ARENA bleeding members as elections near


On Thursday, September 26, Walter Araujo, the magistrate representing the right-wing Nationalist Republican Alliance (ARENA) party on El Salvador’s Supreme Electoral Tribunal (TSE), the institution that oversees all electoral policy and procedure, officially renounced his party affiliation, joining the growing number of prominent ARENA leaders to abandon the party. Araujo, who was elected to the TSE by the National Legislative Assembly in 2009, will serve through the 2014 presidential elections. ARENA has filed a request for Araujo’s recusal from the tribunal for the elections-related decisions.

Tensions began between Araujo and ARENA this spring when the magistrate publicly criticized the party leadership on Twitter and worsened when Araujo later announced that he would not support the ARENA’s presidential candidate, Norman Quijano. After last week’s dramatic display of ARENA’s ongoing internal crisis, ARENA claims that Araujo’s renunciation effectively leaves the party without representation on the TSE, although Araujo stated that he would leave party-related decisions to his alternate, Magistrate Douglas Alas. With just over five months to the February elections, Araujo’s move has further fueled Quijano's strident and baseless warnings of the left wing party’s plans to commit electoral fraud.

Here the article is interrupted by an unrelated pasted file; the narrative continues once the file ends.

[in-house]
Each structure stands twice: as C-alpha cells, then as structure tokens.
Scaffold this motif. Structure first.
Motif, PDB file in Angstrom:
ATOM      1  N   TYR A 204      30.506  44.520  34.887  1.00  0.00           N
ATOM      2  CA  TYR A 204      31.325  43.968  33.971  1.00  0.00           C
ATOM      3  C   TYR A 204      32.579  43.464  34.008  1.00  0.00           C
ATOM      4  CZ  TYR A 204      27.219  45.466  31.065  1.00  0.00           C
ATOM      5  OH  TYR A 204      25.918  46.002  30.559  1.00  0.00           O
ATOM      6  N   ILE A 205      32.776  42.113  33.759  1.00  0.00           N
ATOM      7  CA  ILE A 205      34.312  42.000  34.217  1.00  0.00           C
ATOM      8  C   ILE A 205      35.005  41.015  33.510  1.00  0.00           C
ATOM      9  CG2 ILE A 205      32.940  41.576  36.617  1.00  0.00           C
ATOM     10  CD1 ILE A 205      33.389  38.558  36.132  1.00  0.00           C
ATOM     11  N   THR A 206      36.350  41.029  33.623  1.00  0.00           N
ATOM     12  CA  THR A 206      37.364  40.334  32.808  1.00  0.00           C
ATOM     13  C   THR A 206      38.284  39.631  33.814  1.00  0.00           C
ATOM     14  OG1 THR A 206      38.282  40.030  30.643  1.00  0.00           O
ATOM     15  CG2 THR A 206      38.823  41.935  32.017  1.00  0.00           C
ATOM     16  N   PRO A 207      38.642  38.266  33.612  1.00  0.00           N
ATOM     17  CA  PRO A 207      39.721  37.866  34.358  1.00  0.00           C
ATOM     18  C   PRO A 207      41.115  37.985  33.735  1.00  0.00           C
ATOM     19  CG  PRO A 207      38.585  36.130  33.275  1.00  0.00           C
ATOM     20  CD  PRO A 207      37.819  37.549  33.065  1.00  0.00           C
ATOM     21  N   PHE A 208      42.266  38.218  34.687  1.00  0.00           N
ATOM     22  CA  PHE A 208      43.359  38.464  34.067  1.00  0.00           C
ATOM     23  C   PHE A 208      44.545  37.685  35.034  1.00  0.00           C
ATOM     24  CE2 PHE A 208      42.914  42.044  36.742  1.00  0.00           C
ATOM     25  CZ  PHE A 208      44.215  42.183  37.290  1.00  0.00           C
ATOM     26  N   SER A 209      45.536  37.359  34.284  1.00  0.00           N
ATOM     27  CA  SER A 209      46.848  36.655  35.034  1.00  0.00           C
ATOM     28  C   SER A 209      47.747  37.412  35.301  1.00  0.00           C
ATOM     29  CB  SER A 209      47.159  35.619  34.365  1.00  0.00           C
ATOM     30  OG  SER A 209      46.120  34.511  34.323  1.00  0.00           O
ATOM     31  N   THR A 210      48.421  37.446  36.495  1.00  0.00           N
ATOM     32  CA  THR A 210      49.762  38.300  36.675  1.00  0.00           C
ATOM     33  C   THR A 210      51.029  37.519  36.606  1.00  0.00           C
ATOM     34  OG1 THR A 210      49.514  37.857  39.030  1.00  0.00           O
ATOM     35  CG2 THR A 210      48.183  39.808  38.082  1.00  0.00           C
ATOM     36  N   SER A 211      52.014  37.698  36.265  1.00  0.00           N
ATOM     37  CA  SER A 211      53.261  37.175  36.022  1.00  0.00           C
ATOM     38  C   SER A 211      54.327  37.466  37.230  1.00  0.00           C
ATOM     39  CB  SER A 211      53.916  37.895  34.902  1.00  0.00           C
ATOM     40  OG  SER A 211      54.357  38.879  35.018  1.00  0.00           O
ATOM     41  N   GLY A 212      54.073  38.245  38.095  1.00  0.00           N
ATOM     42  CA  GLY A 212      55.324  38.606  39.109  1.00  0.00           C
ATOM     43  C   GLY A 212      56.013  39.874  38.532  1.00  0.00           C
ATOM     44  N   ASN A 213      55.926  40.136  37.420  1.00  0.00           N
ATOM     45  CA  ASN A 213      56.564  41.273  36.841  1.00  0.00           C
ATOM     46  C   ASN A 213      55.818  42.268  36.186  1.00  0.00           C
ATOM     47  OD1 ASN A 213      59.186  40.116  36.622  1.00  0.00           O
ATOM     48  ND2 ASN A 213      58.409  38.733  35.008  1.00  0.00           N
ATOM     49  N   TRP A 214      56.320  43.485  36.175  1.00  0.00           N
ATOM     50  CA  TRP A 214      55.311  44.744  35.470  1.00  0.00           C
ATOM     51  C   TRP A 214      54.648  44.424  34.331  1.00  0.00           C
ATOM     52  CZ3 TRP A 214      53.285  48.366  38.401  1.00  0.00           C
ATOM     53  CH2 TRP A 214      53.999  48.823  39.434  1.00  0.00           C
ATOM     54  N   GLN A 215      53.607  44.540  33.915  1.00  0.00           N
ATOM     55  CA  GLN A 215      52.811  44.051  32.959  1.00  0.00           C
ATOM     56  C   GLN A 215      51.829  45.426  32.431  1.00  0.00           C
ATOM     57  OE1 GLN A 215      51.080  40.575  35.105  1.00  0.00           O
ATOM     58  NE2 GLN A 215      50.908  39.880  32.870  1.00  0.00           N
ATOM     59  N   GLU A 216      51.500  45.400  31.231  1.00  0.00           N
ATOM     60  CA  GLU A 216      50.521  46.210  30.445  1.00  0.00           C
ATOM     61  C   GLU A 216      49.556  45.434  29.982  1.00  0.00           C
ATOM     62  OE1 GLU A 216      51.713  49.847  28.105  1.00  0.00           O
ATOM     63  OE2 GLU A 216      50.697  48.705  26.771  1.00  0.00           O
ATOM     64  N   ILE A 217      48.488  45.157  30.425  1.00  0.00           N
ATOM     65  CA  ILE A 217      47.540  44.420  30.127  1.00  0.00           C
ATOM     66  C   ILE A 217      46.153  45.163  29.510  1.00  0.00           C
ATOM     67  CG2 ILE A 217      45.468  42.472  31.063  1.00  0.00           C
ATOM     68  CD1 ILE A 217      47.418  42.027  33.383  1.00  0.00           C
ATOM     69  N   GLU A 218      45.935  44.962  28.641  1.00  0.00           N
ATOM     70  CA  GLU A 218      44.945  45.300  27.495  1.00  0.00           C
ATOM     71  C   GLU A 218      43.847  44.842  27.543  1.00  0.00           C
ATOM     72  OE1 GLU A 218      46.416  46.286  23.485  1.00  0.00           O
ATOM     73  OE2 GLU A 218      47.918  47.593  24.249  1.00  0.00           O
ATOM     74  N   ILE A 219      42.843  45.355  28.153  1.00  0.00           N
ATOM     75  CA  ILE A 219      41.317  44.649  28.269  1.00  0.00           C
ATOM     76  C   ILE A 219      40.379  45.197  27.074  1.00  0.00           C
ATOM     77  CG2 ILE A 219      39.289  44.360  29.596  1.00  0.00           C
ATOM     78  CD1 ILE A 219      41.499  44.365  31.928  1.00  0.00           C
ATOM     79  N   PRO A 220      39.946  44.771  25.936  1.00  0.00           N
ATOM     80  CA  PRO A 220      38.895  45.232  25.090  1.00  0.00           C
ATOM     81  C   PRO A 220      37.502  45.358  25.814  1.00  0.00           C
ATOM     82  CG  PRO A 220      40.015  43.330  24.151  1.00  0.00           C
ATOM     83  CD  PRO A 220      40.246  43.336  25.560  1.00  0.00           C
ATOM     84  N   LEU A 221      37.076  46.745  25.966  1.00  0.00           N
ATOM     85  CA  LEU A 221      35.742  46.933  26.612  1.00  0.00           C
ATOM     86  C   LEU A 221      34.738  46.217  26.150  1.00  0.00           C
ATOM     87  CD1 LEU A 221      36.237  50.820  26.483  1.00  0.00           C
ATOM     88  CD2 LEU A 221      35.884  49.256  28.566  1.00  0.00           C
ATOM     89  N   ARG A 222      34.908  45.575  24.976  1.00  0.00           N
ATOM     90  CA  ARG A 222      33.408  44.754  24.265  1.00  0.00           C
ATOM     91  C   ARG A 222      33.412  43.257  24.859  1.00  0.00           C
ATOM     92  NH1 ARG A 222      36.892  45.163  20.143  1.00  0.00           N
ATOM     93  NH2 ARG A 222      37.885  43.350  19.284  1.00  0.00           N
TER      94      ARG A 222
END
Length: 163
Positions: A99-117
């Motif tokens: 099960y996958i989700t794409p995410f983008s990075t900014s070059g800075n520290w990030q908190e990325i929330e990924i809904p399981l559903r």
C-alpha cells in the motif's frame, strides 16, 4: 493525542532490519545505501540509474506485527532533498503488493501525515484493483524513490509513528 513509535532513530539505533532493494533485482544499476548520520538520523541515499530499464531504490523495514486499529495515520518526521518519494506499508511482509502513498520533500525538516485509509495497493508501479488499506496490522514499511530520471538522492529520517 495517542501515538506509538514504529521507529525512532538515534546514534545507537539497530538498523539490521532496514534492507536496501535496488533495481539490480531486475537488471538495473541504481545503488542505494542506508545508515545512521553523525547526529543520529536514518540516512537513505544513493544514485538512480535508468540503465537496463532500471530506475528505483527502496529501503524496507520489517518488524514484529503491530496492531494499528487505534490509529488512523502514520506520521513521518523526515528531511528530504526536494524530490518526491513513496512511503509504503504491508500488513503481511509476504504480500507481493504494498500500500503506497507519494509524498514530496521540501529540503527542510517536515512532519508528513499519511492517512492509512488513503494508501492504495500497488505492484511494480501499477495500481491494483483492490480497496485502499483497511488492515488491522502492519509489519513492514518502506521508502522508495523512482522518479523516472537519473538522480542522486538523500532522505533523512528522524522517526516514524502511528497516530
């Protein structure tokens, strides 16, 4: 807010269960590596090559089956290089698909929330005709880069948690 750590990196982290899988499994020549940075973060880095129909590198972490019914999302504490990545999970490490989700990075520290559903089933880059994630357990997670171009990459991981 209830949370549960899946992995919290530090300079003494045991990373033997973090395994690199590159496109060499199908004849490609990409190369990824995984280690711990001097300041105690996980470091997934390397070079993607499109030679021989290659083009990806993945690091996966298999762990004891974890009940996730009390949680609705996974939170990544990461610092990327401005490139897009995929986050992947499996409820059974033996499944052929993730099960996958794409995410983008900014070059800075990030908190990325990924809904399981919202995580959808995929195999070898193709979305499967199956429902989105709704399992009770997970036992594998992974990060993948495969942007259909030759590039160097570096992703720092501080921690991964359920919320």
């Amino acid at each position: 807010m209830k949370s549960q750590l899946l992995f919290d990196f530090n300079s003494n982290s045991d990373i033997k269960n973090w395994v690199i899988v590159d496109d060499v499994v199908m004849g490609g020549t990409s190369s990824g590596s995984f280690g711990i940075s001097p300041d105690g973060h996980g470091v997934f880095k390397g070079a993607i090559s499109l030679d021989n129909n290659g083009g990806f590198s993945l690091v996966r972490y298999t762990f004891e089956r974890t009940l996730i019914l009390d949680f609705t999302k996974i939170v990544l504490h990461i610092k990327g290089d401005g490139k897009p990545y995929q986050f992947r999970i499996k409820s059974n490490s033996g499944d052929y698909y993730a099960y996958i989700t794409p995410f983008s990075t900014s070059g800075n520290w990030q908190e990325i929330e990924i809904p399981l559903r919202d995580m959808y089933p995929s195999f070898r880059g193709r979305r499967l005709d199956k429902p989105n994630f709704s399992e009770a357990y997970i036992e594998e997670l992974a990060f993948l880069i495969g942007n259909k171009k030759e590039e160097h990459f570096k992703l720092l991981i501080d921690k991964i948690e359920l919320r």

Araujo’s announcement was soon followed by that of Ernesto Panamá, a founding member of the party and once the right-hand man of ARENA founder, Major Roberto D’Abuisson. On September 30, the 32nd anniversary of the birth of ARENA, Panamá announced that he was joining the right-wing UNITY coalition’s bid to re-elect former president Tony Saca, who himself was part of the first wave of ARENA party expulsions and defections after the Funes presidential victory in 2009. These two major blows happened within a week of the official campaign period opening on Wednesday, October 2, casting a shadow over Quijano’s campaign, while bolstering Saca’s. Current polls show ARENA and the FMLN running roughly head to head, with UNITY trailing significantly.

Similar Entries

Meet some of the sustainers who power our work!

Profile Picture

My monthly donation is a small but meaningful way to invest in solidarity, sustain my own engagement in la lucha, and ensure that CISPES staff can count on funds to continue their important work.” - Amanda Kistler, Washington, DC

Join Amanda by becoming a sustaining donor to CISPES today!

Recent Posts

On May Day 2018, labor unions, community organizations, students, agricultural cooperatives, feminist and LGBTQ groups, sectors of the Farabundo Martí National Liberation Front (FMLN), and more diverse expressions of the Salvadoran working class took to the streets of San Salvador by the thousands to celebrate International Workers' Day!